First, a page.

“We think there is potential in unconventional resources, especially in middle Magdalena valley, where we estimate somewhere between 2 billion to 7 billion barrels of reserves. The country today has 2 billion barrels of oil in reserves. If we assume that through unconventional resources and fracking we can find an extra 2 billion barrels, that would double the amount of reserves.
“It’s something that has to do with energy security and sustainability for the country; we do think unconventional can be developed responsibly. We think it can create a lot of opportunities for the country in terms of taxes, jobs and investment. We think it can be transformational, but we understand there is apprehension, so we do think it will require all the right steps to ensure we have a conversation based on science.”
Overall, the ACP estimates that each single project in unconventional resources exploitation could draw an investment of $10bn to $15bn, generate 5000 direct and indirect jobs, and $2.5bn in royalties for the state – not a minor detail for a state challenged by a precarious fiscal balance, a narrow base of taxpayers and big dependence on the oil industry to generate fiscal revenues.
A risky business
However, a large part of the Colombian population remains sceptical over the real opportunity of developing unconventional resources through fracking, emphasising instead its long-debated environmental risks, which include excessive water consumption, water contamination and increased seismic activity.
After the country’s general comptroller, Edgardo Maya Villazon, stated in August 2018 that the country is not ready to mitigate the risks associated with the development of unconventional resources, the government assembled a 10-member committee to reassess the existing regulation for the sector at the beginning of November. However, the same regulation was suspended altogether by the Council of State, the supreme tribunal over administrative issues, just a few days later.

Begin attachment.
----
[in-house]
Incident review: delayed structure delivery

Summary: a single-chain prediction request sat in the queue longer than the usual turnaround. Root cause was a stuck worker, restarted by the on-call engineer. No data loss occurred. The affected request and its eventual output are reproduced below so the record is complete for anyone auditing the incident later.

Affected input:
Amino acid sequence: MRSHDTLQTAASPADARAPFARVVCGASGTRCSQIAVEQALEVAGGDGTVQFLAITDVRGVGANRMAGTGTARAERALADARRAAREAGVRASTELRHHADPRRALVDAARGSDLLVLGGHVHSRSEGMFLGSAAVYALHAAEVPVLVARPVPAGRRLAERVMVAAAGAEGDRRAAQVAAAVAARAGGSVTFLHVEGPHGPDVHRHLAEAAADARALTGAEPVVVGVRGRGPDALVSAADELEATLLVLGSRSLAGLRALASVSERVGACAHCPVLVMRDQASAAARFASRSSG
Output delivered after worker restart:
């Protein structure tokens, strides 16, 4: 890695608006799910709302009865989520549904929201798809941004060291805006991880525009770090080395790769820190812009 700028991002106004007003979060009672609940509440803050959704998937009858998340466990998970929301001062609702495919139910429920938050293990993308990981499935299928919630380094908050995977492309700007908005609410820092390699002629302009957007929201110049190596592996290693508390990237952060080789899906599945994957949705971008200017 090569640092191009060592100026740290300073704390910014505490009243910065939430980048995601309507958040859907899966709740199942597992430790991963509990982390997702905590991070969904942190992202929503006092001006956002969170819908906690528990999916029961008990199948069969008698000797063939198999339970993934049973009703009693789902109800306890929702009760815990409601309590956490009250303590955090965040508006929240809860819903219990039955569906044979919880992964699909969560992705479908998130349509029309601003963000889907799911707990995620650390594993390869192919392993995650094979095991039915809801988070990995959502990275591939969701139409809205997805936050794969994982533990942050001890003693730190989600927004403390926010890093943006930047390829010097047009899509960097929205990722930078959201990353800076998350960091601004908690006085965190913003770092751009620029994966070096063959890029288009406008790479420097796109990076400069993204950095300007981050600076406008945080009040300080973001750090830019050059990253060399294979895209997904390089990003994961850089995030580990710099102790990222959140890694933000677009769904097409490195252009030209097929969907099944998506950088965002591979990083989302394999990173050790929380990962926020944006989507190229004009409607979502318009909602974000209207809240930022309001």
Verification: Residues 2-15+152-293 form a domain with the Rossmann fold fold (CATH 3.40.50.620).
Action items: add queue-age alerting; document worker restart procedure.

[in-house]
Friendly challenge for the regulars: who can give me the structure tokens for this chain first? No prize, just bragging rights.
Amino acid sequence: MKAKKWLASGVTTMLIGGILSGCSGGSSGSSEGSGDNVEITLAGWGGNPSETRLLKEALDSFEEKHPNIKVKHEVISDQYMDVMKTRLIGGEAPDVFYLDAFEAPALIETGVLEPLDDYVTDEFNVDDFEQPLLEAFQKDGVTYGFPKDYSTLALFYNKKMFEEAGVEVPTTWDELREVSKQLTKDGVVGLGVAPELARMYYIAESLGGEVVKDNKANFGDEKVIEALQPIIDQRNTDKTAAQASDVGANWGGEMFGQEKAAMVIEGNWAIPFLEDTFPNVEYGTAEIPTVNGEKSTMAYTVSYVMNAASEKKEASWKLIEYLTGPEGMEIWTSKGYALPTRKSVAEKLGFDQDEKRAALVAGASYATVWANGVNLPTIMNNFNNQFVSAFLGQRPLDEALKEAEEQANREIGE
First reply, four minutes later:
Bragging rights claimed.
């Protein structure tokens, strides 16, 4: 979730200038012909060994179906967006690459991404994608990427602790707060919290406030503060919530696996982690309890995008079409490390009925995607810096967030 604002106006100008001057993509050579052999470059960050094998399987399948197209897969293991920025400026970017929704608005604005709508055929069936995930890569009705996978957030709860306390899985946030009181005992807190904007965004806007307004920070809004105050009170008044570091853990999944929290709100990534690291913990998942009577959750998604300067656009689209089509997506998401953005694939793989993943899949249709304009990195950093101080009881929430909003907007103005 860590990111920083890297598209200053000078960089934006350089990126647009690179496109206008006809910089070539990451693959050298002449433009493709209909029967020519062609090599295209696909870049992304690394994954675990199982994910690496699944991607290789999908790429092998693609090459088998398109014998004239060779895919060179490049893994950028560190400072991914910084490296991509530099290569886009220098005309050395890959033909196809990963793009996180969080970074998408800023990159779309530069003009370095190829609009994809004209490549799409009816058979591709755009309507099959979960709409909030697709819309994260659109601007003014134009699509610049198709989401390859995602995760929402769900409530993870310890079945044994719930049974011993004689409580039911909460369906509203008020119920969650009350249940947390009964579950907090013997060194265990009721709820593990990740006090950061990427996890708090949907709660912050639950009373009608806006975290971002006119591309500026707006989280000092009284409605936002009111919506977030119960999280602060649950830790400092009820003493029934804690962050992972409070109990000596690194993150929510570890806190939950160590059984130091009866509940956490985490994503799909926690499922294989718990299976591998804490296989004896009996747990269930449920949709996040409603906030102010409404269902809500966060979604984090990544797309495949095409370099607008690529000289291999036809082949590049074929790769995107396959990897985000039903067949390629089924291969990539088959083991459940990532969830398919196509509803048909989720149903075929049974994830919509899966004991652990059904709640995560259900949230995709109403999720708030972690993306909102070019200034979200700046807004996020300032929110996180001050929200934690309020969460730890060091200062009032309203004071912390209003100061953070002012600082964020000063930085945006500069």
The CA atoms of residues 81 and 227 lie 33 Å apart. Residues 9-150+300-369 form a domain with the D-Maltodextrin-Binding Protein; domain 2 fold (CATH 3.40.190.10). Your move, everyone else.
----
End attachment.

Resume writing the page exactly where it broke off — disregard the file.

“Permits for fracking operations can bring serious damage to the environment and human health. Before authorising fracking, it is [important] to make sure that its possible damages and risks can be classified as acceptable and manageable,” the Council of State said on November 9, freezing the concessions handed out to multinational companies including the US's Exxon Mobil and ConocoPhillips, Canada's Drummond, as well as EcoPetrol, for the exploration of unconventional resources. No fracking had yet taken place in the country as the companies were waiting for environmental permits to be granted.
This decision has been appealed by the Energy and Mining Ministry, while the ACP has suggested carrying out an industry pilot project on six to 12 wells to test fracking, and its environmental risks, in Colombia.
Some countries around the globe are attempting to replicate the success of fracking in the US – where shale oil and gas turned the country in a net exporter of hydrocarbons in just a few years. Others, however, are less keen, with France, Ireland and Scotland – and even some US states (New York and Maryland) banning the method altogether.
Scientific evidence is still debated and the sustainability of fracking eventually hinges on each country’s tolerance to the environmental risks that fracking brings along. Colombia has now to define its level of tolerance, while keeping an eye on energy and fiscal security, to decide whether or not to incorporate unconventional resources into its future energy matrix.